St. Albans Sanitarium
|St. Albans Sanitarium|
|Opened||1916 (mental health facility)|
|Building Style||Single Building|
With $500 of his own money, Dr. John C. King, formed a corporation and with $16,000 in borrowed funds he acquired the Saint Albans buildings along with 56 acres of land. The buildings were thoroughly renovated and, on January 15, 1916, the first four patients were admitted.
In the tradition of other treatment facilities of the time, St. Albans Sanatorium included a farm which, according to an old brochure, “[…] affords ample space for out-of-door games, diversional exercises and employment, also vegetable and flower gardens, an adequate dairy herd and extensive poultry-raising, all of which are interesting and helpful to the patients.”
St. Albans Sanatorium struggled initially with financial problems. However, Dr. King and his wife kept the hospital open and gradually expanded its services and reputation. The building of the Radford Arsenal and the rapid population growth associated with it had a profound impact on St. Albans. Patient numbers rose and, since it was the only hospital in the community at the time, it also provided general medical care.
To accommodate all these patients, the staff worked six days a week while living in quarters provided by the hospital. By 1945, the total number of patients treated during its first 29 years was 6509 and its staff numbered 48. The hospital continued to grow in the following decades. St. Albans became a fully recognized hospital in 1960, and started opening outpatient clinics in Roanoke, Blacksburg, and Beckley, WV. In 1980, in order to stay up-to-date with advancing technology, parts of St. Albans were relocated into a more modern $8 million facility. In the late 1980s, the institution on the New River was the Commonwealth’s only private, full service, not-for-profit psychiatric hospital. It was a source of pride for many people living in Radford and Pulaski County.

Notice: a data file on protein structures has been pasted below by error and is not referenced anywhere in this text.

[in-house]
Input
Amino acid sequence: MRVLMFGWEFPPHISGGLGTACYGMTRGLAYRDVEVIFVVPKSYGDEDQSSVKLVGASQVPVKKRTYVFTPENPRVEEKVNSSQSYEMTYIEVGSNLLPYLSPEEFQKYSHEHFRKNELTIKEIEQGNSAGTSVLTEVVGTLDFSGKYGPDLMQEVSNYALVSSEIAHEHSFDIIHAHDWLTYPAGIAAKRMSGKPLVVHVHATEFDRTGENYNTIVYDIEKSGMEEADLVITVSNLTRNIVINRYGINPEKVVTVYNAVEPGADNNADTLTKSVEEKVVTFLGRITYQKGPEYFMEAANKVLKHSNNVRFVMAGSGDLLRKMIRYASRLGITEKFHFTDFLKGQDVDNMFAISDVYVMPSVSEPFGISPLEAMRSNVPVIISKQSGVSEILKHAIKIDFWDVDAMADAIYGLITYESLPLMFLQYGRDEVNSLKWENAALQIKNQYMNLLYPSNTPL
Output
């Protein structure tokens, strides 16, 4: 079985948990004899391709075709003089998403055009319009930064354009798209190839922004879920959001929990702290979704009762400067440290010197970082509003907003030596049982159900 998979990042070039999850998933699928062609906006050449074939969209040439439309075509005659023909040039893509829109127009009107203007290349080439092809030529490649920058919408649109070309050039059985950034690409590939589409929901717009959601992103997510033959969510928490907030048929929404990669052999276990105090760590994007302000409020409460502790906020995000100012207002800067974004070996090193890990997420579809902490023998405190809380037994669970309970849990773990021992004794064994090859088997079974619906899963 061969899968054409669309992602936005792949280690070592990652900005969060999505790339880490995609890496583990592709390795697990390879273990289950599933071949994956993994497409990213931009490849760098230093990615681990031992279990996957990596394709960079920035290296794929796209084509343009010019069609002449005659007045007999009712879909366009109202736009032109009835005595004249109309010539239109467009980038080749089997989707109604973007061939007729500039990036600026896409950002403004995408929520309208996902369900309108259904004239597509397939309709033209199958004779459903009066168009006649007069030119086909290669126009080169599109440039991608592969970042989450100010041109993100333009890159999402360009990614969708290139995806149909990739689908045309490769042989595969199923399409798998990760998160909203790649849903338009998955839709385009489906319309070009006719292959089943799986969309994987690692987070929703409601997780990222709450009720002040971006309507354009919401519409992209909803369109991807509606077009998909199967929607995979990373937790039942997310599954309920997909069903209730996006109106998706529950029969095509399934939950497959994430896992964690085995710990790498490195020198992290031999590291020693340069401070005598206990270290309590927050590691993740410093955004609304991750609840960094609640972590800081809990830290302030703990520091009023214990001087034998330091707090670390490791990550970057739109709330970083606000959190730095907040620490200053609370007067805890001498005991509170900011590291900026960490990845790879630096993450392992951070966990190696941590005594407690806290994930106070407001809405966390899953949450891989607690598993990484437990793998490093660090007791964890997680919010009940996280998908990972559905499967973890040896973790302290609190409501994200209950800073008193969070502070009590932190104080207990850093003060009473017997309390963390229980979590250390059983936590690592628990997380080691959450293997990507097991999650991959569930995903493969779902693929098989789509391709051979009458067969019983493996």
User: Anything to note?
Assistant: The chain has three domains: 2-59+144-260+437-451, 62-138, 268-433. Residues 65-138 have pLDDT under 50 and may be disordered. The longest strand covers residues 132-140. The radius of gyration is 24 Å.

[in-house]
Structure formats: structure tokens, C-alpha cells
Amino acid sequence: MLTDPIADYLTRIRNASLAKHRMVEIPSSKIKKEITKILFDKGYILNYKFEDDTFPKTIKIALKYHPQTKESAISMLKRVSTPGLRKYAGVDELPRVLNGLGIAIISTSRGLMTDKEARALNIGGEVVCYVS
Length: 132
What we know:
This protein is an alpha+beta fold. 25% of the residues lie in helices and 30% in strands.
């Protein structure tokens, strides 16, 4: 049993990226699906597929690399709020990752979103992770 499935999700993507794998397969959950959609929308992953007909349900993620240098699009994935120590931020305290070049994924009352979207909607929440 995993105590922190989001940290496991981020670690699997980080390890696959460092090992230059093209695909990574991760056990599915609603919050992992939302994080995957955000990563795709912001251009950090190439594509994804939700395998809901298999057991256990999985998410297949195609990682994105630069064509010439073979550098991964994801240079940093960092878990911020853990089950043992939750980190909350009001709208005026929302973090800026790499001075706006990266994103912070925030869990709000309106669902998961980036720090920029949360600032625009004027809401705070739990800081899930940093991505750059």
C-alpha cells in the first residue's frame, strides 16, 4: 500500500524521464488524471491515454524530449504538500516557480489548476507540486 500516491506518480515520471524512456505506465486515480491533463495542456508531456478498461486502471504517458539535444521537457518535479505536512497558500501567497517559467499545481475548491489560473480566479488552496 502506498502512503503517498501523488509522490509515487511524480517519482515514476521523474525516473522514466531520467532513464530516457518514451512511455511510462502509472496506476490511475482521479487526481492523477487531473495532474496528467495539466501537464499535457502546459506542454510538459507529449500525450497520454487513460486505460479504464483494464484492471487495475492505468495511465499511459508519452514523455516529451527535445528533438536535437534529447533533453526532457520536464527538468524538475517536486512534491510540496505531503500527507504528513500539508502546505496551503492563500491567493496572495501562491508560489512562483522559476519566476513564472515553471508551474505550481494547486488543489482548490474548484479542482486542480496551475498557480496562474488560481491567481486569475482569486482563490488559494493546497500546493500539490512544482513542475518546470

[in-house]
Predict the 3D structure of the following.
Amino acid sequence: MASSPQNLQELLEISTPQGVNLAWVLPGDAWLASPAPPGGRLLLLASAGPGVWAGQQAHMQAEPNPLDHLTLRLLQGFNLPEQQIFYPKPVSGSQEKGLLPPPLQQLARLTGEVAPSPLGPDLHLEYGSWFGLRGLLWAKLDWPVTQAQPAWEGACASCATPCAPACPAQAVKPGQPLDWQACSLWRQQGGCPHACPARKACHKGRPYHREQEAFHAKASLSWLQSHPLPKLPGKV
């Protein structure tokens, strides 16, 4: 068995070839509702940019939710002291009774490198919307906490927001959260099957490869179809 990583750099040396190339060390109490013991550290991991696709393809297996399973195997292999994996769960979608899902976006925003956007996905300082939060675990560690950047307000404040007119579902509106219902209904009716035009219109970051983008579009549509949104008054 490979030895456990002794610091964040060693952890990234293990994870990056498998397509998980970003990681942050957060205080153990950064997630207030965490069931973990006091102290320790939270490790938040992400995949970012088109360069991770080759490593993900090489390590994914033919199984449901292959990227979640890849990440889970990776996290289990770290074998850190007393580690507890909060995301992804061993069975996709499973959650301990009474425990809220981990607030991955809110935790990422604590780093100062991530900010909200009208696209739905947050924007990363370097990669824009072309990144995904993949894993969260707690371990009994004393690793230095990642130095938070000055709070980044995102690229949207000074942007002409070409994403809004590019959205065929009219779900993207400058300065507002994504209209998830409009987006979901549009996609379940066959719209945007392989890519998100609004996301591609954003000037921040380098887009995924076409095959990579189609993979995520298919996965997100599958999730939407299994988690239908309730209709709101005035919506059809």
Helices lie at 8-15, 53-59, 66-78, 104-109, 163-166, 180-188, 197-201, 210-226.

The glory days of the old St. Albans were, however, almost over. In the 1990s, the hospital became part of the Carilion Health System, which moved ahead with plans to relocate it to another site, eventually building the “New River Medical Center” at its current location off of Interstate 81. The old buildings and the surrounding 78 acres became a gift from Carilion to the Radford University Foundation in 2004. The demolition of the 1890s structure was halted in December 2007, and a group of concerned citizens from around the New River Valley was about to begin a proper historical review as mandated by the federal government. Today the hospital is open for tours.